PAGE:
As we look to the future, we must restore the values of the American social contract by amending today's version, making it fairer and actually more progressive and placing it on a sound long-term financial footing.
Achieving Social Justice with Financial Prudence
How can we do that, and what would the fiscally responsible social insurance system of the future look like? A necessary condition for achieving justice with financial prudence is to alter the way the budget process deals with programs like Medicare and Social Security.
The most elementary but critical step would be to show the present value of future obligations front and center in the annual budget and to require an explicit vote on any change. That would mean that Members of Congress would have to lay out and discuss the intergenerational commitments involved in these programs and face a recorded vote on how they chose to allocate those commitments between Americans. At the very least, requiring such a disclosure and vote would trigger a conversation in the country about the long-term financial picture and whether any modifications of those commitments should be made.
A more substantive step would be to require Congress to establish a long-term and enforceable budget--perhaps for 30 years--for entitlements such as Medicare and Social Security. That 30-year budget should be reviewed every five years and adjusted according to economic conditions, competing needs, and new projections about the burden on future generations. That budget would be debated alongside other priorities and components of the social contract, such as education, housing, and discretionary health programs. And if the projected outlays or revenues for the entitlement programs began to depart from the budget, some form of budget trigger would be used to bring them back to the agreed levels.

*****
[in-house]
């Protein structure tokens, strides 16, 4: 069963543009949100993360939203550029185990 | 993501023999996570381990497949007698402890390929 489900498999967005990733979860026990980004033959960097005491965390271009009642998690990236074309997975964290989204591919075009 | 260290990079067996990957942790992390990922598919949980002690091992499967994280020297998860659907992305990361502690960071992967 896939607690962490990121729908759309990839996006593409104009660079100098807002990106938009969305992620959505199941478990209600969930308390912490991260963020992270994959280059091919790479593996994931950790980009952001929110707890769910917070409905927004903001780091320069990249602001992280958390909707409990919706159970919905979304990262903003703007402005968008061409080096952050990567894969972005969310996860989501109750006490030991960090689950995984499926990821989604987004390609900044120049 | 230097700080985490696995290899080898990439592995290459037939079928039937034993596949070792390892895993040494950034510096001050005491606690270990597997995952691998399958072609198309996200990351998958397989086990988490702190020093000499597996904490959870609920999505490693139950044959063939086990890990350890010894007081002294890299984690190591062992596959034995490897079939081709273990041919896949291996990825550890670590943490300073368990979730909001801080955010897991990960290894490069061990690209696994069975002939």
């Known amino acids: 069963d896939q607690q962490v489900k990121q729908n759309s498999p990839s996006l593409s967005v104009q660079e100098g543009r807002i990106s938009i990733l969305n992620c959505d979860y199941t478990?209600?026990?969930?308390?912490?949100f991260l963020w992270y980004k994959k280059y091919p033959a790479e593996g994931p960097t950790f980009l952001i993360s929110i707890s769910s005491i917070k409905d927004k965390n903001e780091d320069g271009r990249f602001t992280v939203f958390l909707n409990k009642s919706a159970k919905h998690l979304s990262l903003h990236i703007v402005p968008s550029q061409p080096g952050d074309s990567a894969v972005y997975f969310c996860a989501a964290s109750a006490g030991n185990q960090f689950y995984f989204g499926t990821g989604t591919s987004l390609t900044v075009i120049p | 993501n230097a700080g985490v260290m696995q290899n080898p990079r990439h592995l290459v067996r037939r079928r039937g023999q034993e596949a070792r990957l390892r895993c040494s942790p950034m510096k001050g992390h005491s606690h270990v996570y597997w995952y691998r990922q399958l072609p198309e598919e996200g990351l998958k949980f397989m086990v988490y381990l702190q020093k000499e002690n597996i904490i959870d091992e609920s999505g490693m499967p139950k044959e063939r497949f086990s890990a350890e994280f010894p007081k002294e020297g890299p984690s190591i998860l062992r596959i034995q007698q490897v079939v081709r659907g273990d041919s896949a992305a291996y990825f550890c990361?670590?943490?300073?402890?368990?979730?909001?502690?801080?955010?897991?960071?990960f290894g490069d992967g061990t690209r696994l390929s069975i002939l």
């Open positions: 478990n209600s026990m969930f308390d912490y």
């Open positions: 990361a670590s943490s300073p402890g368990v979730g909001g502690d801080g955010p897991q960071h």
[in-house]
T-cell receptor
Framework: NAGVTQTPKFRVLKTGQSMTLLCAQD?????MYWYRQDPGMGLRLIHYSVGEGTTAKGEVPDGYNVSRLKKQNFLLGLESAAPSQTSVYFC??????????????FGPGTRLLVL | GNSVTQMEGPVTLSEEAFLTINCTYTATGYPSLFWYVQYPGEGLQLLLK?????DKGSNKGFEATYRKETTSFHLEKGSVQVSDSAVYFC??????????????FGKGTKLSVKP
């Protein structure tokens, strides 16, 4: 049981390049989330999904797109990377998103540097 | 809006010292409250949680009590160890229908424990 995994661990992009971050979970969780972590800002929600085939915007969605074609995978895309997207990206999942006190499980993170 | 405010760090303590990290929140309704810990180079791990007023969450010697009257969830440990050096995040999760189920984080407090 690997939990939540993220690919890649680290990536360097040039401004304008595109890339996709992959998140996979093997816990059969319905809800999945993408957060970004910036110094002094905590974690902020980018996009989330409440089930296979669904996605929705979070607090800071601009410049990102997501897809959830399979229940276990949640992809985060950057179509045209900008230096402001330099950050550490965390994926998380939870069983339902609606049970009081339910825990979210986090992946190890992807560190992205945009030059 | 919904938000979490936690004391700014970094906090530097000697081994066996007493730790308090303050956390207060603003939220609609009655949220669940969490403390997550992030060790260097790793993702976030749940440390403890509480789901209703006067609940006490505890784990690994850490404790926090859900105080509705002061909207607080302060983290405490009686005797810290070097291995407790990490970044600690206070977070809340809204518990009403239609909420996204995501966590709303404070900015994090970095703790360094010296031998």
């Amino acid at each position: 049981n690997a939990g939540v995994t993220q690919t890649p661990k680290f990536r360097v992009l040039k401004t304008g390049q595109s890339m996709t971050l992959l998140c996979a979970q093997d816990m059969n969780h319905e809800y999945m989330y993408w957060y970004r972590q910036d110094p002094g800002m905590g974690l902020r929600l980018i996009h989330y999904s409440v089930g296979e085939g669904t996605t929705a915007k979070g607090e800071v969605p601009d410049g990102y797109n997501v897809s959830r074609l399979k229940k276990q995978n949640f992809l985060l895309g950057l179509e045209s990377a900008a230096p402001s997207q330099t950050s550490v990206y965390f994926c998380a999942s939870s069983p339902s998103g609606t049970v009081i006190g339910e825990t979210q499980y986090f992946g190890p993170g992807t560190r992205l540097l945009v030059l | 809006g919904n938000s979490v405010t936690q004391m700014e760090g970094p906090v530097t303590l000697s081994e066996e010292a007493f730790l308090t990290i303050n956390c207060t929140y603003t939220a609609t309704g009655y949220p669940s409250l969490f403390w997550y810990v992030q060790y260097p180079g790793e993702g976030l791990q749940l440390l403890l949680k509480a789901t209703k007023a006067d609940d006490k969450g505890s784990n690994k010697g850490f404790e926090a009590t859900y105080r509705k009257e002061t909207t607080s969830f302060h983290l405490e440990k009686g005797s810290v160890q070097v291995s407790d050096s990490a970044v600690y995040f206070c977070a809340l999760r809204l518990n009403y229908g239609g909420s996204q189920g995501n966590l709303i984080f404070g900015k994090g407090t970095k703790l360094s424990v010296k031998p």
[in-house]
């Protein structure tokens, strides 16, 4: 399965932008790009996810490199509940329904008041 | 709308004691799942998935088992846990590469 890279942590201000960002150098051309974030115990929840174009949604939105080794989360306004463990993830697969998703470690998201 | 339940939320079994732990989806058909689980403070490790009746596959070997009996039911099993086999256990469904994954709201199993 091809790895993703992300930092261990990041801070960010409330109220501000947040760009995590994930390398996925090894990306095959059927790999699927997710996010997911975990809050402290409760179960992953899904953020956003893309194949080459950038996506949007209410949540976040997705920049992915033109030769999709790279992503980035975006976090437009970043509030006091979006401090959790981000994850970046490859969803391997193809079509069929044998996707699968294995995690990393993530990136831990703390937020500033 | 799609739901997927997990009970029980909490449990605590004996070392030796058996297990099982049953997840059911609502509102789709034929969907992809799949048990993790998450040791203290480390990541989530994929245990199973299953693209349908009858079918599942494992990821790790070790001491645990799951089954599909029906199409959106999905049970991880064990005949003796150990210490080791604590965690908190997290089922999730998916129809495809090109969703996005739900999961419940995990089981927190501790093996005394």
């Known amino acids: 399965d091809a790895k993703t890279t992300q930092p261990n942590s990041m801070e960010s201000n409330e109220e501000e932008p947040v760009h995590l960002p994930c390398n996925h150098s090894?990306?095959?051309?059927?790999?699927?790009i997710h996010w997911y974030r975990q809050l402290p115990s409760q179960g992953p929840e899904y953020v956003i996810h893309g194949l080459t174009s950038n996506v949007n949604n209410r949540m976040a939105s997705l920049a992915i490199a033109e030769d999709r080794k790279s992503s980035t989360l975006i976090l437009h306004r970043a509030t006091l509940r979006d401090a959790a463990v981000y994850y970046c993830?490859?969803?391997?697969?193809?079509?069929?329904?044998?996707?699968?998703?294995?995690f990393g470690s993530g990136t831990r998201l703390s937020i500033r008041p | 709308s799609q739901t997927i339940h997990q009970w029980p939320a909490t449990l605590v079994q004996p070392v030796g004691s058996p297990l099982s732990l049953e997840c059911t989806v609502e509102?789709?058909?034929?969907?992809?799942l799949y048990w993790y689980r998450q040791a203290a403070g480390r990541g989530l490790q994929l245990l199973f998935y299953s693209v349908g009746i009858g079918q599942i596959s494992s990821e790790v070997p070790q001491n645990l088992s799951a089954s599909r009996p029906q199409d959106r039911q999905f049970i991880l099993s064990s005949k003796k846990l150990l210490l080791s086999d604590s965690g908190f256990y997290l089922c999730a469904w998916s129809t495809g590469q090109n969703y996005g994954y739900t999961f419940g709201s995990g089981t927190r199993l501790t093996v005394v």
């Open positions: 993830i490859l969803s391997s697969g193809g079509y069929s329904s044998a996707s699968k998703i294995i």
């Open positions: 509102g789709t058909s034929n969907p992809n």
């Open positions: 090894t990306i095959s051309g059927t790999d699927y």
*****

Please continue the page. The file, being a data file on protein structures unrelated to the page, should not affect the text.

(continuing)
Let me be very clear about an important point here: A long-term budget for these programs would not end the obligation to protect recipients. In that sense, the programs would remain entitlements. They would be entitlements in the way that public elementary and secondary education is an entitlement, or virtually free health care in Britain is an entitlement, but like these latter programs, they would henceforth have real, long-term budgets that would have to be debated and balanced against other priorities and competing goals.
In this vision of the future, therefore, social insurance programs would no longer be entitlements without limits. Nor would they have an automatic preemption of resources over the needs of other features of our social contract, such as education and housing. And no longer would the financial interests of today's active and retired generations automatically take precedence over the financial interests of our grandchildren.
To be sure, those of us who argue for these process changes recognize that they are not simple or easy to achieve and sustain. But for the sake of future generations, we must begin to discuss them.
A National Conversation
I'm convinced that pushing for this process change would itself trigger a serious conversation about how to reshape social insurance programs in order to make them conform better to the ideals of the American social contract and the social value of mutual obligation. In my view, that conversation must have at least four themes.
First, we must refocus programs more on the idea of true insurance and move away from the current emphasis on promising a flow of benefits as a payback for contributions made. When Social Security was created, it was intended in large part to be insurance against poverty in old age and, in a sense, against the financial burden of living too long. Social Security, and later Medicare, were not envisioned as vehicles to finance large parts of everybody's retirement on their children's and grandchildren's tab.
True insurance means giving stronger protections for those with the least means while tapering down the benefits for the less needy. It means making these programs more of an insurance against calamity and poverty. We have already income-adjusted Social Security to a significant degree through the design of the payroll tax and the partial taxation of benefits. We also adjust Medicare Part A at the front end through the payroll tax. So we have taken some steps in that direction.
But if we are to limit the huge burden on future generations, we need to build on these steps in a systemic way. For instance, we should further decrease after-tax Social Security payments and increase Medicare Part A out-of-pocket costs for middle- and upper-income Americans while increasing benefits for less affluent Americans. And we should further adjust premiums for Medicare B and D by income--after all, they are subsidized insurance, not even true social insurance programs.
Second, in keeping with a real budget for social insurance, and particularly Medicare, we need to put into place mechanisms that will enable us to constrain directly the volume of public spending in these programs. Call it explicit rationing if you will. Or call it a reasonable process to avoid passing on a huge credit-card debt to our children.